Attract More Hummingbirds to a Small Garden

You're just a few plants away from hosting loads of hummingbirds! Here’s how to welcome them with even the smallest hummingbird garden.

hummingbird cardinal flower Courtesy Anne Donovan Fortier
Add native plants like cardinal flower to attract hummingbirds, even if your garden is small.

Hummingbirds are tiny but mighty—and the same can be said for some hummingbird gardens. In fact, small yards can be a gift. Unlike large spaces, it doesn’t take much effort, time or money to transform a bit of yard or patio into a hummingbird-friendly habitat.

And an added bonus: You’re more likely to have a front seat to the action when the fliers come to visit. Whether using containers or growing native plants or both, here’s how to welcome hummingbirds to a small garden.

Use Potted Plants in a Hummingbird Garden

A lush patio garden with potted plants, trellises and perennials.HannamariaH/Getty Images
Offer natural food sources for hummingbirds by growing a mix of vines, flowering shrubs and potted plants.

Pots and containers are excellent choices if you have concrete, paved or wooden spaces that you want to jazz up with some greenery. Flower boxes add a charming aspect to balconies, while deck boxes and tiered plant stands liven up decks and patios. Here’s a roundup of potted flowers and plants that attract hummingbirds. Even a side of your house can become a hummingbird garden when made into a “living wall.” Consider hanging baskets, too—just opt for large ones, as they accommodate bigger prolific bloomers.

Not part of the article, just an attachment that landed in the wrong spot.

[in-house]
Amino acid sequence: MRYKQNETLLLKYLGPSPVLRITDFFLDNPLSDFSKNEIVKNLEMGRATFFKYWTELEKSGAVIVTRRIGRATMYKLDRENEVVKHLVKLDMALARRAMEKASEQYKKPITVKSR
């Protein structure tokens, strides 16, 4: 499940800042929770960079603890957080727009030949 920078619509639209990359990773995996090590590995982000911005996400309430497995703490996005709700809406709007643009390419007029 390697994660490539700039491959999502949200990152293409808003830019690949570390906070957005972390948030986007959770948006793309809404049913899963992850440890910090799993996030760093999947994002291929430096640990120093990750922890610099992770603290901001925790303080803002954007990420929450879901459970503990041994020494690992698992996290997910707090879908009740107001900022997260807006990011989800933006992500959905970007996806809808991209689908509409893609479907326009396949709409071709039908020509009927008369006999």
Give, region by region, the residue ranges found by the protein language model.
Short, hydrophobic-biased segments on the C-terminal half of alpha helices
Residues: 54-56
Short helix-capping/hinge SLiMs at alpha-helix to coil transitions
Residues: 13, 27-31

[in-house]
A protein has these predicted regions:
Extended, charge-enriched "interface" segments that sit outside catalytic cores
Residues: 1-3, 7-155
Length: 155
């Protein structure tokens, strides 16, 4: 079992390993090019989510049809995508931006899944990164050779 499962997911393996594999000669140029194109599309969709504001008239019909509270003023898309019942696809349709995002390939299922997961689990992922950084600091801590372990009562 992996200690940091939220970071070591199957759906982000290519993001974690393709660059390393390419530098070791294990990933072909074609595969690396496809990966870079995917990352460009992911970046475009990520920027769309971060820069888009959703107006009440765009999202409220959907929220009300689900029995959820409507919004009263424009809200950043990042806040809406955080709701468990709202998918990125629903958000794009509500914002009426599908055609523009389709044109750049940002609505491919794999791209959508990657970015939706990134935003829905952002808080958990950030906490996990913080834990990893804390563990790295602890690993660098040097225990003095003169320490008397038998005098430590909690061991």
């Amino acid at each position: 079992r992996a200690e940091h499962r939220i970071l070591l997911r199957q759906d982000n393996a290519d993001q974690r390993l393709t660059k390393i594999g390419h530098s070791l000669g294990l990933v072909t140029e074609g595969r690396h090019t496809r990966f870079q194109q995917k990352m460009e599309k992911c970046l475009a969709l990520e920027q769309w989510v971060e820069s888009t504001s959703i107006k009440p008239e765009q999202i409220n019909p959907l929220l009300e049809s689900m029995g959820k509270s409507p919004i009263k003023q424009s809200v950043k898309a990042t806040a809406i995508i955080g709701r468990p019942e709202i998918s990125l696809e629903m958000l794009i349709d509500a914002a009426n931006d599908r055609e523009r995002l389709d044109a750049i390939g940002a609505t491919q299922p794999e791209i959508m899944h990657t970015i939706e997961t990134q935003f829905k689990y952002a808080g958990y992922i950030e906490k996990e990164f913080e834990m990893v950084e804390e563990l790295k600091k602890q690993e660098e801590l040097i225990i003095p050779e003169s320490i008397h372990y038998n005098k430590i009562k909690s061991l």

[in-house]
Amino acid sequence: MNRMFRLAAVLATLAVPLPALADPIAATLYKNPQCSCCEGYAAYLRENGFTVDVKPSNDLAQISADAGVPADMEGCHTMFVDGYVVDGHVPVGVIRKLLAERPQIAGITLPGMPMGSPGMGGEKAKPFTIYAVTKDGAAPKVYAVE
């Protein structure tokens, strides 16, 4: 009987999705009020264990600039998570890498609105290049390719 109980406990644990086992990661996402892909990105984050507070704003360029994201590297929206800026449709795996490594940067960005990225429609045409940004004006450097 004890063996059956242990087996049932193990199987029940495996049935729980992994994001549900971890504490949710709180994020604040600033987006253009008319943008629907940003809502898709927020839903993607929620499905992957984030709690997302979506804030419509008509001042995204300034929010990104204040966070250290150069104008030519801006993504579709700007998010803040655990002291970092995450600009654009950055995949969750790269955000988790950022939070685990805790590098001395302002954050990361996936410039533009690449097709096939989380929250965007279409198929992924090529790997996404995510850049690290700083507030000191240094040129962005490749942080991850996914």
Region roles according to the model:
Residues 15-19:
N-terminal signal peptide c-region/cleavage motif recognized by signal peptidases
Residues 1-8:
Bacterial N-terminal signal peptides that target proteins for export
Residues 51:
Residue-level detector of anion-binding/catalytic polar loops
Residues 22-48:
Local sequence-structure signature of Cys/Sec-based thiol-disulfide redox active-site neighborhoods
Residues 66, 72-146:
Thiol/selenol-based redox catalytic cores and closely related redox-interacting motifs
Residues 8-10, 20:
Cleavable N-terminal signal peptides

Plant More Native Plants for Hummingbirds

hummingbird and penstemonCourtesy Katherine Poulsen
A black-chinned hummingbird visits penstemon blooms.

What you plant in containers can make all the difference. “A container garden is a wonderful way to provide more habitat for hummingbirds, particularly if you use native plants,” says John Rowden, the former senior director for bird-friendly communities at the National Audubon Society.

Consider adding penstemon, for starters. And don’t overlook several varieties of native columbine found across the U.S., along with cardinal flower. “The amazing thing about these plants is they’ve developed tubular blooms over time,” says John. “Hummingbirds adapted to sticking their bills into those blooms for nectar, which aids in pollination. It’s a mutually beneficial relationship.”

John notes that native plants act as fantastic hosts for native insects, too. While hummingbirds are known for their nectar needs, they also eat and feed insects to their young. “When planting native plants, you are supporting the life cycle of other species,” John says. “This helps provide an additional boost of resources for hummingbirds.”

Another popular way to attract hummingbirds to a garden of any size is with a sugar-water feeder. “Hummingbirds’ needs regarding nectar are so specific and quite regular, so they’ll always take advantage of those kinds of resources,” explains John, who notes that feeders should ideally be used in addition to native plants in a hummingbird garden to help fulfill a bird’s nutritional needs.

Grow a Vertical Hummingbird Garden

A ruby-throated hummingbird flying around with a trumpet honeysuckle bloom on its beak.Courtesy Marc Fahringer